The first major retrospective exhibition of one of Britains leading ceramic artists is taking place at York Art Gallery
More than 50 works by Sara Radstone are being featured in the exhibition which looks at how her work has changed and developed over the course of a career spanning nearly 40 years.
Radstones work has been shown all over the world and constantly tests and challenges many of the preconceptions of what ceramic art should be.
The exhibition, which takes place in the gallerys Centre of Ceramic Art (CoCA), also includes new work created by Radstone especially for the show.
Helen Walsh, curator of ceramics, said: Sara is one of the most respected ceramic artists of her generation. Her work is always looking to push the boundaries of the genre of ceramic art, using highly personal themes to explore memory, history and place through clay. Often it is inspired by the small traces of human activity which are overlooked or discarded.
This exhibition is a unique chance to see some of her finest works on show together and to consider how Saras emphasis on different ideas and themes have shifted during her career.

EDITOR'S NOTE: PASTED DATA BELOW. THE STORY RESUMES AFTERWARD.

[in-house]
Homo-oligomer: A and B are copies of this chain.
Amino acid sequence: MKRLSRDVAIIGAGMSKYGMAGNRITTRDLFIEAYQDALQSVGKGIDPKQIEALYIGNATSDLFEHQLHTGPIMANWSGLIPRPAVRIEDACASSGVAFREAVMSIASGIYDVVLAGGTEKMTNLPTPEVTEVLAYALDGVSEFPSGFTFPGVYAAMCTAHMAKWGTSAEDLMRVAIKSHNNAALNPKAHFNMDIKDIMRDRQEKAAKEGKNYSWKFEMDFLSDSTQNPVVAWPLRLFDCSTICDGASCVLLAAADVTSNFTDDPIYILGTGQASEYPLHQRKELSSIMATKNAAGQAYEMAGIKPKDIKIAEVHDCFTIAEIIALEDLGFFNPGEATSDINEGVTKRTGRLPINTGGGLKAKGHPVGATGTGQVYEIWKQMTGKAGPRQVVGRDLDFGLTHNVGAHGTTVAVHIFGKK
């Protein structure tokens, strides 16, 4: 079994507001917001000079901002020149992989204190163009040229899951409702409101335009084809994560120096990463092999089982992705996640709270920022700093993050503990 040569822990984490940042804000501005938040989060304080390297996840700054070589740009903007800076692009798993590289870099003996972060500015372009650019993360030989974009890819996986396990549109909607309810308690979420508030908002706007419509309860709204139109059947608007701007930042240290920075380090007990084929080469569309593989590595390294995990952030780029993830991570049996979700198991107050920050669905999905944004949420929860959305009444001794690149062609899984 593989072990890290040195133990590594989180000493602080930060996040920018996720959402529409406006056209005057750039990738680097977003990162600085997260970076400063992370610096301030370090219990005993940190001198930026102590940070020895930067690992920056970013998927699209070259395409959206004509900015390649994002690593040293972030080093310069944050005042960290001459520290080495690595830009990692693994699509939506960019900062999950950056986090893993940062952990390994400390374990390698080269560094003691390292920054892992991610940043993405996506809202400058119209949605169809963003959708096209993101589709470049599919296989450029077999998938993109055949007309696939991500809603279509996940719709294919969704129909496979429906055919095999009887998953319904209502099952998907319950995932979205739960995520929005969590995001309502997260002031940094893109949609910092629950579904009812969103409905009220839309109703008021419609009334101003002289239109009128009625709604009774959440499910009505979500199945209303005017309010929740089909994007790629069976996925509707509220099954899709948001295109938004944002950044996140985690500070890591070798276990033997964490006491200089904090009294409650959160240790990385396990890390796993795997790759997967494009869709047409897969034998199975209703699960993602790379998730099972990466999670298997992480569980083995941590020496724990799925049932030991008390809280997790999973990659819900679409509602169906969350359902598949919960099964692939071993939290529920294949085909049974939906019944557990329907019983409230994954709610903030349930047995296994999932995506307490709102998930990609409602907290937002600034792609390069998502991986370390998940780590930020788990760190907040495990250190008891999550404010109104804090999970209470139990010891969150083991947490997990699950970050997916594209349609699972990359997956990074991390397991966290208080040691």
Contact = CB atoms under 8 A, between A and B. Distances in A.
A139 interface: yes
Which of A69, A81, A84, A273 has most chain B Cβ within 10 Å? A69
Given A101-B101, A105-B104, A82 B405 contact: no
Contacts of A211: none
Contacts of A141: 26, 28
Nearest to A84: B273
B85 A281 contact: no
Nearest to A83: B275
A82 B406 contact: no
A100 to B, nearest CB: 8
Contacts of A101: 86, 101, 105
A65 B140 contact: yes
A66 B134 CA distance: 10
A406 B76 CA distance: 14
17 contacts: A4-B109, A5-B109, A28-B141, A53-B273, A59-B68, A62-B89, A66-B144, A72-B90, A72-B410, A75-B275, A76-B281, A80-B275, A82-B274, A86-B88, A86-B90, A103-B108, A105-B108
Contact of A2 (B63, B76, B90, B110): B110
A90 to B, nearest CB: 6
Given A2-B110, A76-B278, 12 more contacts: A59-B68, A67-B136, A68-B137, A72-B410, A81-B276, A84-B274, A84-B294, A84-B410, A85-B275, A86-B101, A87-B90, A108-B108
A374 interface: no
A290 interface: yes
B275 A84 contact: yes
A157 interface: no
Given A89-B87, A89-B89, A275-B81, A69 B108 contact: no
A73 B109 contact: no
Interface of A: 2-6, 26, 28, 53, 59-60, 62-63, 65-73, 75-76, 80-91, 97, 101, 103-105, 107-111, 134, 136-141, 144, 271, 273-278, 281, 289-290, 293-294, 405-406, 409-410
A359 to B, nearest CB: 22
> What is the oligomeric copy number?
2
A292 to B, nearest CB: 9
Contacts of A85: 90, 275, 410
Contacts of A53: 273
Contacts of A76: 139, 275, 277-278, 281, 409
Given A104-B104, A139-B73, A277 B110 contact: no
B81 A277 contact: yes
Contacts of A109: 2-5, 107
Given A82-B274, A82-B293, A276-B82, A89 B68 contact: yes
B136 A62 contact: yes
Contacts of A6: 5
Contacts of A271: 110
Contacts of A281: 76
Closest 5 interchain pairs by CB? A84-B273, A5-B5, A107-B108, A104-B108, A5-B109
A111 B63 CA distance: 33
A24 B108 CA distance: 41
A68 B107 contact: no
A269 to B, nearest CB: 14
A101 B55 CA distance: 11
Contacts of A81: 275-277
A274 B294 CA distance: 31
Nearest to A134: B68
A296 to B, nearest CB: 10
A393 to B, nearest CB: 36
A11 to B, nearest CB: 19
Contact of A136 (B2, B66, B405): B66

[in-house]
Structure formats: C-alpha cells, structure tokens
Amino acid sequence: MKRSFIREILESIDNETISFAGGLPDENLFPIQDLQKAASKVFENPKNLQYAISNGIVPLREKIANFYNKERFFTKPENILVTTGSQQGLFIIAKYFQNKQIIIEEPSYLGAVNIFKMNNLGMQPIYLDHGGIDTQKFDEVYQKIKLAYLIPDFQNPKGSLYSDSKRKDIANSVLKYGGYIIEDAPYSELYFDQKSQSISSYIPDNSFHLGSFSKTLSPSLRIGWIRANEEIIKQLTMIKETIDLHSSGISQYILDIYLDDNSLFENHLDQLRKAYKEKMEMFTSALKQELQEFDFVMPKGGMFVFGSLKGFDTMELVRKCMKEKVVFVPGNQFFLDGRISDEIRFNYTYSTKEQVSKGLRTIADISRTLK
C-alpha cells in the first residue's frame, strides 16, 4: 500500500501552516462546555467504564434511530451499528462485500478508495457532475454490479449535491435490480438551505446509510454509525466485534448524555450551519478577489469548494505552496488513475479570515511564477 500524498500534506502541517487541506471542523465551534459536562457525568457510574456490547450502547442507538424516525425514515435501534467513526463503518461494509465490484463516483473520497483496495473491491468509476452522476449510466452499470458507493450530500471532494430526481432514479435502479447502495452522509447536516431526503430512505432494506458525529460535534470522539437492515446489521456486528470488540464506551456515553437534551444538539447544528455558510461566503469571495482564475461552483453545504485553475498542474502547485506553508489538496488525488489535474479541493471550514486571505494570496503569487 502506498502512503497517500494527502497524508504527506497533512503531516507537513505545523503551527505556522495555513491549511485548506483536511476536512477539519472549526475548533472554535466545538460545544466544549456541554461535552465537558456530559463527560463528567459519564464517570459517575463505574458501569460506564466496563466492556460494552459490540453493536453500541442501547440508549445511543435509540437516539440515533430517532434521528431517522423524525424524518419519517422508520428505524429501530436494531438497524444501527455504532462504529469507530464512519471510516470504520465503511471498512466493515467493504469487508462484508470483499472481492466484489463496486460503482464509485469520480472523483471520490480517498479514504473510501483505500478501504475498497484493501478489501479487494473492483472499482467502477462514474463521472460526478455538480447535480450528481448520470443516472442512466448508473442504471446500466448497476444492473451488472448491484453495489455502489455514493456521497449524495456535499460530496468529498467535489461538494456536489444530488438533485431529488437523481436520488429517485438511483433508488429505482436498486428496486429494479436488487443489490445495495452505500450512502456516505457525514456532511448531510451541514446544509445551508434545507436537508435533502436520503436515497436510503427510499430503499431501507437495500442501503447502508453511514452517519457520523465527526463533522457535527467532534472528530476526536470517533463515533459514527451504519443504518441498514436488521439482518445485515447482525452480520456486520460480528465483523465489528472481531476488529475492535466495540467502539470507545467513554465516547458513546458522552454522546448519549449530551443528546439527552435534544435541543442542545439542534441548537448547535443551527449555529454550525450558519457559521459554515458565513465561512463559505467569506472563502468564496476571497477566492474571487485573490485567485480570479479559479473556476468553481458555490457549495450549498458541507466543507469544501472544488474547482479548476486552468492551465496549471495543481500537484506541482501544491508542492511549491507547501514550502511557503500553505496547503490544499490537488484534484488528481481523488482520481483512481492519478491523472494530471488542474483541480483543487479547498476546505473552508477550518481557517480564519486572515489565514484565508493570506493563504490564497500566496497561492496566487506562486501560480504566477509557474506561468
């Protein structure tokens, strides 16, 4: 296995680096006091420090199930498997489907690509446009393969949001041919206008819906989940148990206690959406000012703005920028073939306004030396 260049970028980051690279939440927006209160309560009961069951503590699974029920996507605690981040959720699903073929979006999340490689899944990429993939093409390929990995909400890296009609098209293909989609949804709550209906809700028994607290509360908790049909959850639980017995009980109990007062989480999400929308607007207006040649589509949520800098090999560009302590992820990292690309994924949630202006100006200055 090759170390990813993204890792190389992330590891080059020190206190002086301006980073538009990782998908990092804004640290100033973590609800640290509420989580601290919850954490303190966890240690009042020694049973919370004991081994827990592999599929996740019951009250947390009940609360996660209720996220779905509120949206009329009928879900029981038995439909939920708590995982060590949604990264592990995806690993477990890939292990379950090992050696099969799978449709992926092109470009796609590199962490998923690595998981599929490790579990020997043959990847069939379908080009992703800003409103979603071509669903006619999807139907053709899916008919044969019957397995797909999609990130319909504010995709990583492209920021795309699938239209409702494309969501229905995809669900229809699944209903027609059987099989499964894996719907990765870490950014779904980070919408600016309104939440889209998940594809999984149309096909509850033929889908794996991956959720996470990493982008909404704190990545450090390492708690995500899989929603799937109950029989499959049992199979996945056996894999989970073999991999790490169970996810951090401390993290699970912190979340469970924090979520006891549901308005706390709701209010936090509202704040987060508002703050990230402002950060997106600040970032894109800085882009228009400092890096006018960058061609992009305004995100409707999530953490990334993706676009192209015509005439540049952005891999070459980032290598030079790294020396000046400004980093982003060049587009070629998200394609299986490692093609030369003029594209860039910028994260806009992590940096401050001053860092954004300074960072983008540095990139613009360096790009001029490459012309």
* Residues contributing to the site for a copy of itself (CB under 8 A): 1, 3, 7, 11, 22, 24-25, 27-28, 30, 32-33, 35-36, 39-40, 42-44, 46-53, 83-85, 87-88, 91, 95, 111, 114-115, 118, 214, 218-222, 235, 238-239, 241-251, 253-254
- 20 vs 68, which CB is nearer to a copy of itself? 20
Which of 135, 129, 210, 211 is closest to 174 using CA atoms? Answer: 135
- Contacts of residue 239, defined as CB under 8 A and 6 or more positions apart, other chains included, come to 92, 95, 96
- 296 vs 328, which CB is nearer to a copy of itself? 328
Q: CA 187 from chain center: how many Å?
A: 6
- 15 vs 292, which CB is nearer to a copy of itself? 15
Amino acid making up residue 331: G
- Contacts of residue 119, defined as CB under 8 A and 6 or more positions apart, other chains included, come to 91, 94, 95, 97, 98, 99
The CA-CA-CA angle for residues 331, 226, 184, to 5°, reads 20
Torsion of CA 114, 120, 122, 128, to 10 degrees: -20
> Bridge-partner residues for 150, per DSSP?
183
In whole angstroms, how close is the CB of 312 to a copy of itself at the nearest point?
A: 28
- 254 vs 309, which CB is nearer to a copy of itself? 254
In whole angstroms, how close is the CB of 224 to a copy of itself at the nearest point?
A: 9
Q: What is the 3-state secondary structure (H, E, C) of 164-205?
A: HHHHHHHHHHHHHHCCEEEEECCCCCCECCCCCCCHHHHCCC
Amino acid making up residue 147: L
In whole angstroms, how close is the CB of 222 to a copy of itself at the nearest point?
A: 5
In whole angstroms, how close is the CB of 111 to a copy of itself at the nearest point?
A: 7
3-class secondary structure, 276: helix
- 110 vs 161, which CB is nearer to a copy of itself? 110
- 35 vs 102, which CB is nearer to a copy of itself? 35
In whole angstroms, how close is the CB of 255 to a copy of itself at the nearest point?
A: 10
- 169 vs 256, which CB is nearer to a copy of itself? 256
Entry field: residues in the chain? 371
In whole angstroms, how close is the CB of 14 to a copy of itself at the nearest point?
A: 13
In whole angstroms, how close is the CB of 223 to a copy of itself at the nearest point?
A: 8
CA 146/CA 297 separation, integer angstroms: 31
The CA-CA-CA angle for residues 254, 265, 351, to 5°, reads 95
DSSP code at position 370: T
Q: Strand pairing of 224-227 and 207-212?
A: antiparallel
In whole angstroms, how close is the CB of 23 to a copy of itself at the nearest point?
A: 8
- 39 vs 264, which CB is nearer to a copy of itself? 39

The exhibition has been designed by Martin Smith and follows Radstones life in ceramics, progressing from her early works which reinterpreted the vessel form through to freestanding sculptures and installations.
The exhibition features works from the Anthony Shaw collection, which is on long term loan to CoCA, alongside loans from the artist herself. It also displays her installation Corpus, an autobiographical work which consists of 44 clay books and explores themes of volumes, history and memorial.
The exhibition also features a new film narrated by Radstone as she discusses her work and the making process.
Sara Radstone was born in London and trained at Herefordshire College of Art and Camberwell School of Art, London. Her ceramic sculptures are a highly personal exploration into history, memory and place, and the trace of human activity. In her recent practice, formerly enclosed shapes are ripped open and residues of thoughts and the notion of ideas gradually accumulating over time are represented on parchment like surfaces
Radstone has exhibited internationally and her work can be found in numerous public collections including the Los Angeles County Museum, USA, Shigaraki Cultural Park, Japan, and the Victoria and Albert Museum, London.